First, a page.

The importance of creating dynamically-scaled models of aquatic vegetation in the laboratory

Maryam Abdolahpour, Marco Ghisalberti, P. Lavery, K. McMahon

Research output: Chapter in Book/Conference paperConference paper


Physical modelling of vegetated flows is an essential component of process-based investigations into vegetation
ecohydraulics. The vast majority of research into vegetated flows has employed rigid model vegetation, so that
the canopy’s geometry (i.e. its height and frontal area) is invariant and easy to quantify. Here, we demonstrate
that embedding realism (in the form of flexibility and buoyancy) in the model vegetation can have a profound
impact on the hydrodynamics. Specifically, we compare rates of vertical mixing in two types of model canopy
(with identical heights and frontal areas) subjected to oscillatory flow over a range of realistic wave heights and
periods. The two types of canopy were: (1) a rigid canopy consisting of wooden dowels, and (2) an array of
flexible, buoyant model plants designed to mimic a meadow of the seagrass Posidonia australis. Dynamic
similarity between the model and real seagrass was achieved by matching the two dimensionless ratios of the
dominant forces that govern plant motion (rigidity, buoyancy and drag). Results demonstrate a significant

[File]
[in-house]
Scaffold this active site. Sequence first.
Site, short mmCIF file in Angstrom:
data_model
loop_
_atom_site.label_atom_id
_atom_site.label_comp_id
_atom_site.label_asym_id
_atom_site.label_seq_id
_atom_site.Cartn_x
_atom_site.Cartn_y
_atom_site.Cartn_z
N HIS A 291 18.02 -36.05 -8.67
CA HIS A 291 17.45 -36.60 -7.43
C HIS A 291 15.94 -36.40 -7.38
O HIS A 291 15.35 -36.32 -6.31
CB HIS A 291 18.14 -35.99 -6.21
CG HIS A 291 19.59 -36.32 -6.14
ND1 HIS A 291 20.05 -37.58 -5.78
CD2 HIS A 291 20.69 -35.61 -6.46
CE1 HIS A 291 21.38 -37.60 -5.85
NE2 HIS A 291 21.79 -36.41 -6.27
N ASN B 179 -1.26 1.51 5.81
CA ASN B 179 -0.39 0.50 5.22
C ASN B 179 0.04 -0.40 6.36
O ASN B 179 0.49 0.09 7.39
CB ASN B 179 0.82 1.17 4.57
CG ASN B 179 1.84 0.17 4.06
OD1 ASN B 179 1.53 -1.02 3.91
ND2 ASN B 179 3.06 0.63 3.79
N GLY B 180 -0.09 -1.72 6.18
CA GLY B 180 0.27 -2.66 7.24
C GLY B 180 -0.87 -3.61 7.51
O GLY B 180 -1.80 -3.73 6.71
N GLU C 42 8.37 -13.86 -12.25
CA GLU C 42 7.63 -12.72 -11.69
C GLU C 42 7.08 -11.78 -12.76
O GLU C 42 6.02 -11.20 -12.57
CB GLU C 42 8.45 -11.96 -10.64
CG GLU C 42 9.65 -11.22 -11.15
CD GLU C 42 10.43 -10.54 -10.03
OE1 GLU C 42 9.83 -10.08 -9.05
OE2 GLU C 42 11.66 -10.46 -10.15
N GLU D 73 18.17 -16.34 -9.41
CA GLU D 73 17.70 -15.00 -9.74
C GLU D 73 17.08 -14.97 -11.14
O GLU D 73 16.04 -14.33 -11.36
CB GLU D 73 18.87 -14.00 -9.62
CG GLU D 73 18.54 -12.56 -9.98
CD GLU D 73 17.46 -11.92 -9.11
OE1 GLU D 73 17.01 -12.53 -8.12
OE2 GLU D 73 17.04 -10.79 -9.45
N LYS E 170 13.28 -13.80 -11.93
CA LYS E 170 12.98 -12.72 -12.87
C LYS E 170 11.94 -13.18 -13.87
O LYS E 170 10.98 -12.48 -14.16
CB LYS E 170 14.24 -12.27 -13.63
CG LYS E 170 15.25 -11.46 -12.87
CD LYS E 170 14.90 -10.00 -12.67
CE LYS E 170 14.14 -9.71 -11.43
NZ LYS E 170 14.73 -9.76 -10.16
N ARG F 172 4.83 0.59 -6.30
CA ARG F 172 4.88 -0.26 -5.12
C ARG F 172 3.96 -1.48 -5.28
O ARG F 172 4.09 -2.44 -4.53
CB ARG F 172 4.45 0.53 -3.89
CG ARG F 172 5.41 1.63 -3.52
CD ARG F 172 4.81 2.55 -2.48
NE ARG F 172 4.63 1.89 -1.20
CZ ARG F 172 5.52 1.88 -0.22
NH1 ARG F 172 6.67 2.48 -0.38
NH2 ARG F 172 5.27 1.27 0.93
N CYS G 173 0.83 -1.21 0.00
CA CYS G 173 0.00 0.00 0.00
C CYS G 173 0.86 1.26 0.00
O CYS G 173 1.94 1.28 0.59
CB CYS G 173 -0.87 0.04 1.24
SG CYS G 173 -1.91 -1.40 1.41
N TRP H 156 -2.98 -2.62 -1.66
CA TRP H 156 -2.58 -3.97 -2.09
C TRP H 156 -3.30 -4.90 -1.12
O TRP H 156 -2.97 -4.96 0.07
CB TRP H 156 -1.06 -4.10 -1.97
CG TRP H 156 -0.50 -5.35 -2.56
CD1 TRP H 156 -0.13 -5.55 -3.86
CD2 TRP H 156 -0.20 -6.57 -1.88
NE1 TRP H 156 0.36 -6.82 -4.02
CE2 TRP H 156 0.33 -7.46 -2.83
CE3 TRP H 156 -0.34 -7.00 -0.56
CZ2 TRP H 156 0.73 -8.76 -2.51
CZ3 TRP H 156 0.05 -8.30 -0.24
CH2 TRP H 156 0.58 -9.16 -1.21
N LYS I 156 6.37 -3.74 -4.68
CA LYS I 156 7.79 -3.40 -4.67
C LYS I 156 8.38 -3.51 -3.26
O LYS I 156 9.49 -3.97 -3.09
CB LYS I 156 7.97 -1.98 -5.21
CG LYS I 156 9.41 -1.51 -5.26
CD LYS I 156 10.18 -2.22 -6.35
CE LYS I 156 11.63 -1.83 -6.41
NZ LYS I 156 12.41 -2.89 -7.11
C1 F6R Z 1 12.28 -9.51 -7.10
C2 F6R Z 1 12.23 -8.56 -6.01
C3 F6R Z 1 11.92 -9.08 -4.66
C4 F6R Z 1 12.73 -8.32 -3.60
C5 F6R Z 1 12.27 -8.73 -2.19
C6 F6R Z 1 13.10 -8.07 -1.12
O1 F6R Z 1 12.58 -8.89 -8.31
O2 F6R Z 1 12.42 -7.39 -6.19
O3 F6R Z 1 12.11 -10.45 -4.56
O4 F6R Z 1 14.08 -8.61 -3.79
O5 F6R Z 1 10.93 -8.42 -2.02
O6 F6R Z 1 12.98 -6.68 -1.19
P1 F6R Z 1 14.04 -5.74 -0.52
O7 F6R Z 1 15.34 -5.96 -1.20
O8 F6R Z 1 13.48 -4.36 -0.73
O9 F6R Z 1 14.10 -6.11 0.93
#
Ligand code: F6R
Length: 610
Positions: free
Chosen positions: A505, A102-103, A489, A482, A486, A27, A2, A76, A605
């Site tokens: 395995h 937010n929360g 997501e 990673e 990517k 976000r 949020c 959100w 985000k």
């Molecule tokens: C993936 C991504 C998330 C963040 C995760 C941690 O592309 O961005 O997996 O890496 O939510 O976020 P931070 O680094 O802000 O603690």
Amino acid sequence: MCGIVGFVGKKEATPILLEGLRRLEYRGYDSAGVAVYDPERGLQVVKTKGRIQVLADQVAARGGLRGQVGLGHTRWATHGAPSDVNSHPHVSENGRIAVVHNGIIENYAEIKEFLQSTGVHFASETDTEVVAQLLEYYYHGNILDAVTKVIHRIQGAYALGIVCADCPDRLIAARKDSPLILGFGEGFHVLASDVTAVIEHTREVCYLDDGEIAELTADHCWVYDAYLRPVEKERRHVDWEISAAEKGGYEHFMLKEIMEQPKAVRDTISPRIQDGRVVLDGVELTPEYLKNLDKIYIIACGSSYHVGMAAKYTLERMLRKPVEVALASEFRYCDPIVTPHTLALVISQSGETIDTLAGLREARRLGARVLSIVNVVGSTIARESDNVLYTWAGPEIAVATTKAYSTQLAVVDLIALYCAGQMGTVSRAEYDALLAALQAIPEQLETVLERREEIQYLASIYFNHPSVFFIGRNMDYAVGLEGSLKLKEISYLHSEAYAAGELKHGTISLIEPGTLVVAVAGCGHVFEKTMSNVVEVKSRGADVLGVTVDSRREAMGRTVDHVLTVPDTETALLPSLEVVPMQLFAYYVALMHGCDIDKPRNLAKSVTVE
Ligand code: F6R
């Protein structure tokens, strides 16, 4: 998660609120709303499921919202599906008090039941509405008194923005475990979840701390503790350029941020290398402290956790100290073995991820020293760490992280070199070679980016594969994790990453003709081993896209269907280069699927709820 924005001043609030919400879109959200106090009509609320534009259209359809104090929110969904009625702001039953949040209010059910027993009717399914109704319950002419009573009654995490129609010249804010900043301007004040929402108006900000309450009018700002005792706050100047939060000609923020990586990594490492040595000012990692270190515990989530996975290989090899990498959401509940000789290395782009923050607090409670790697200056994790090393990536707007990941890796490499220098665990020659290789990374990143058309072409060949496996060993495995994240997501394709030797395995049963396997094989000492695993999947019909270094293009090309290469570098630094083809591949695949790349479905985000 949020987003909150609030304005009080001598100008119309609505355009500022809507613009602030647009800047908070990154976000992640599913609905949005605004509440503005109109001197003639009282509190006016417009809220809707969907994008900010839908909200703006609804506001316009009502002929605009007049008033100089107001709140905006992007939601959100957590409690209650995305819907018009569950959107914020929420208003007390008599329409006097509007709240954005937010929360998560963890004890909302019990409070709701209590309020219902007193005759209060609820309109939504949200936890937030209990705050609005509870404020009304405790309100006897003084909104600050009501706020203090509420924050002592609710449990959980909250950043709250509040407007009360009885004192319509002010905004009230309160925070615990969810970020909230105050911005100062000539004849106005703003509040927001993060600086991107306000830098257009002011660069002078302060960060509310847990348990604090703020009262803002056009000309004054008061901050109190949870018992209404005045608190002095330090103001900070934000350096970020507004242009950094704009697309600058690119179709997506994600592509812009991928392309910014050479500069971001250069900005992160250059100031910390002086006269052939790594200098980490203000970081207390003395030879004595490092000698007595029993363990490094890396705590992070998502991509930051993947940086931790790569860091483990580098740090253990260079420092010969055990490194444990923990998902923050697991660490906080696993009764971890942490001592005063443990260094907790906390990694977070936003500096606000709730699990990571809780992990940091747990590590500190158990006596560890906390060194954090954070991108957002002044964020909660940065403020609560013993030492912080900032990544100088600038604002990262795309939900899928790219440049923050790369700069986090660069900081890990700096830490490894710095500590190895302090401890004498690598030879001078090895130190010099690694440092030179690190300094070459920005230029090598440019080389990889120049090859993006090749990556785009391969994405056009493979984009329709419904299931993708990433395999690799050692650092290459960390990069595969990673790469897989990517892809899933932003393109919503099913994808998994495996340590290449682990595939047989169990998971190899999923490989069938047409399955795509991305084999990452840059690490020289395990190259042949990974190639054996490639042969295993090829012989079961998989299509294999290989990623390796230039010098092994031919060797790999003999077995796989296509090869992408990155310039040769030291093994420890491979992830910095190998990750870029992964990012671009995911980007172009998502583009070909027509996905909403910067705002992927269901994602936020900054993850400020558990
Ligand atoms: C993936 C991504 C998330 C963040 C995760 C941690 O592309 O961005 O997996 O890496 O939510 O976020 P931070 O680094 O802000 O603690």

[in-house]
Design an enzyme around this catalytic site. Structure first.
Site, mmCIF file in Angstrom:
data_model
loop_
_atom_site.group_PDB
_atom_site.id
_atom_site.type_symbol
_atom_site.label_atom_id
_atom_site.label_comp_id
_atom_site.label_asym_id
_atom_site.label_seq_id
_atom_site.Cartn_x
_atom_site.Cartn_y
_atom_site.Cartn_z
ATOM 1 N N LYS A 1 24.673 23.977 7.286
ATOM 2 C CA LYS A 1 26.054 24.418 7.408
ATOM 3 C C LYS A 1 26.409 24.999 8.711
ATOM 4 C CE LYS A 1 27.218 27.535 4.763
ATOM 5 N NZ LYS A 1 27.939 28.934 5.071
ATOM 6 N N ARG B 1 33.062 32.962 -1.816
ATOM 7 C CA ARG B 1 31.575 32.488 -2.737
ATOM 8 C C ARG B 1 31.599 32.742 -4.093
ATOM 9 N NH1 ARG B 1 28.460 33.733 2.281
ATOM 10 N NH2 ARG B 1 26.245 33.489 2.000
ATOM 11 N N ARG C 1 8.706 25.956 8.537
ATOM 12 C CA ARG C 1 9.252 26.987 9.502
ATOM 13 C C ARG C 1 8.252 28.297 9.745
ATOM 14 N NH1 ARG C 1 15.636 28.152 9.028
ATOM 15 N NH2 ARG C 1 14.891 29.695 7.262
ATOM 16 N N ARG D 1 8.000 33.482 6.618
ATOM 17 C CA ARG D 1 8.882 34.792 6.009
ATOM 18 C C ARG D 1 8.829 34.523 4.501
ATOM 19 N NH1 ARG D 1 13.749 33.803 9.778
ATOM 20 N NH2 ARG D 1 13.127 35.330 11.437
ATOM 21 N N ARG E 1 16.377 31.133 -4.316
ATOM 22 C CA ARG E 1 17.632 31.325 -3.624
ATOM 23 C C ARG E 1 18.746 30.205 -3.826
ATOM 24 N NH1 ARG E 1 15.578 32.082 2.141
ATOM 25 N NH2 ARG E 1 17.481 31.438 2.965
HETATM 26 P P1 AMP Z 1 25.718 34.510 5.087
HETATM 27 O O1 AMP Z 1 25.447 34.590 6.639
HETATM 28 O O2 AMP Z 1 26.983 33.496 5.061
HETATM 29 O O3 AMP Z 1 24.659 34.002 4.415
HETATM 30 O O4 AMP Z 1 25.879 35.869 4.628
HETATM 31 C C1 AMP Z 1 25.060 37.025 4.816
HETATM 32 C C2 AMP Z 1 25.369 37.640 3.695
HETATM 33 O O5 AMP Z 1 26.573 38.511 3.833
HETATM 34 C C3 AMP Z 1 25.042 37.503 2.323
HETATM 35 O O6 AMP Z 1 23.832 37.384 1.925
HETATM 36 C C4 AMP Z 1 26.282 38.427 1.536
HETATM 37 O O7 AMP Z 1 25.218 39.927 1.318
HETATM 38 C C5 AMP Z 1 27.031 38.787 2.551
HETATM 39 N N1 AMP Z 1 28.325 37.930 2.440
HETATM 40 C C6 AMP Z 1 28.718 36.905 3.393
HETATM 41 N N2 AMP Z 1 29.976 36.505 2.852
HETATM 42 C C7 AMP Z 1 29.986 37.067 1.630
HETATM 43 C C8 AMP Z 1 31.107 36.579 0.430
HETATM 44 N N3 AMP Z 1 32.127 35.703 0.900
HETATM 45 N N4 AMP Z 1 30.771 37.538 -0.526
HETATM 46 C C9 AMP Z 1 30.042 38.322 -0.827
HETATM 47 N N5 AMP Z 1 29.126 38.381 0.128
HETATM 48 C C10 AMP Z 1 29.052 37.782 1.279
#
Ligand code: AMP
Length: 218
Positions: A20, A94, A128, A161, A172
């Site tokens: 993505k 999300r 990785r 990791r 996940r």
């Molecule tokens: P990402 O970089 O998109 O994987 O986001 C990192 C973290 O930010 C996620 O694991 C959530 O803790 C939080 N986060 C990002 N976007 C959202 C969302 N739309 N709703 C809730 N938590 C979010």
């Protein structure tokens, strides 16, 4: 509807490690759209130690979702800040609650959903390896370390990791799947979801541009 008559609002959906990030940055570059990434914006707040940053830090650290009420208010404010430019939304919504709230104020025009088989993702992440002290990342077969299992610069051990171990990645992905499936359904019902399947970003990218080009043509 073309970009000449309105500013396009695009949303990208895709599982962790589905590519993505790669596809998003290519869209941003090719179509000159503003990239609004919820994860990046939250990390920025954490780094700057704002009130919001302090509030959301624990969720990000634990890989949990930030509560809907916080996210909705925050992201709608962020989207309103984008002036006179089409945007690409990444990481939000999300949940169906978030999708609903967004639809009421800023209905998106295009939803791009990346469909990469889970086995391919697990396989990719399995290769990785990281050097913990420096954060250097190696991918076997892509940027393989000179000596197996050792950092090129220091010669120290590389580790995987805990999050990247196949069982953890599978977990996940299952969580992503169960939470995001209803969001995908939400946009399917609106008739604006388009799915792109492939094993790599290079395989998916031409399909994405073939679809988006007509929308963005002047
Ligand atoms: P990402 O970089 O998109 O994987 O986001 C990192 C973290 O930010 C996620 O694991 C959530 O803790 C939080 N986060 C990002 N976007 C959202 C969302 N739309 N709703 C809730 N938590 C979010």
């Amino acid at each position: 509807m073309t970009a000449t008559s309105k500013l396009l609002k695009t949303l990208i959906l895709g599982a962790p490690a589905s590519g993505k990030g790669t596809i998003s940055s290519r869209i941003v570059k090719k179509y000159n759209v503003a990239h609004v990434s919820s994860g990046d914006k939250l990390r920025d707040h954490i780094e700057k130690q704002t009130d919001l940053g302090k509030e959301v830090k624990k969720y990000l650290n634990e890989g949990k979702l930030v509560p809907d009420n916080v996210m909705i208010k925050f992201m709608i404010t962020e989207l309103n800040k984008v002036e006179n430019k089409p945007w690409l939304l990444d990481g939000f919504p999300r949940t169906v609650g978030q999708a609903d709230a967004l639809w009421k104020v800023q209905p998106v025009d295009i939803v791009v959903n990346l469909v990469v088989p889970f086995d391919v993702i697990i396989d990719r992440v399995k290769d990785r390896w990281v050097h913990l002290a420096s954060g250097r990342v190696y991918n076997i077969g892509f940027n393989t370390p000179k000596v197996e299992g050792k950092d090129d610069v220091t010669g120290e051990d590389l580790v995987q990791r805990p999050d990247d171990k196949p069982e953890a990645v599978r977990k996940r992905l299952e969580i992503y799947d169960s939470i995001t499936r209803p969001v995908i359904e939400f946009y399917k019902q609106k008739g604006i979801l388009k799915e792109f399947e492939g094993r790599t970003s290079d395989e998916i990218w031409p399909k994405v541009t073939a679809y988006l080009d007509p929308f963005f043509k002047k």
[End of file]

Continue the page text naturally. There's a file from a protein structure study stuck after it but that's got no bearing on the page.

difference in flow structure between the two canopies and a significant reduction in the rate of vertical mixing in
a flexible canopy, relative to the rigid analogue. Thus, while the use of dynamically-scaled vegetation models
adds a layer of modelling complexity, it represents a step towards a more faithful recreation of flow and mixing
in these systems.
Original languageEnglish
Title of host publicationProceedings of the 11th International Symposium on Ecohydraulics
EditorsJ.A. Webb, J.F. Costelloe , R. Casas-Mulet, J.P. Lyon , M. Stewardson
Place of PublicationMelbourne, Australia
PublisherEngineers Australia
ISBN (Print)9780734053398
Publication statusPublished - 2016
Event11th International Symposium on Ecohydraulics - Melbourne, Australia
Duration: 7 Feb 201612 Feb 2016


Conference11th International Symposium on Ecohydraulics

Fingerprint Dive into the research topics of 'The importance of creating dynamically-scaled models of aquatic vegetation in the laboratory'. Together they form a unique fingerprint.

Cite this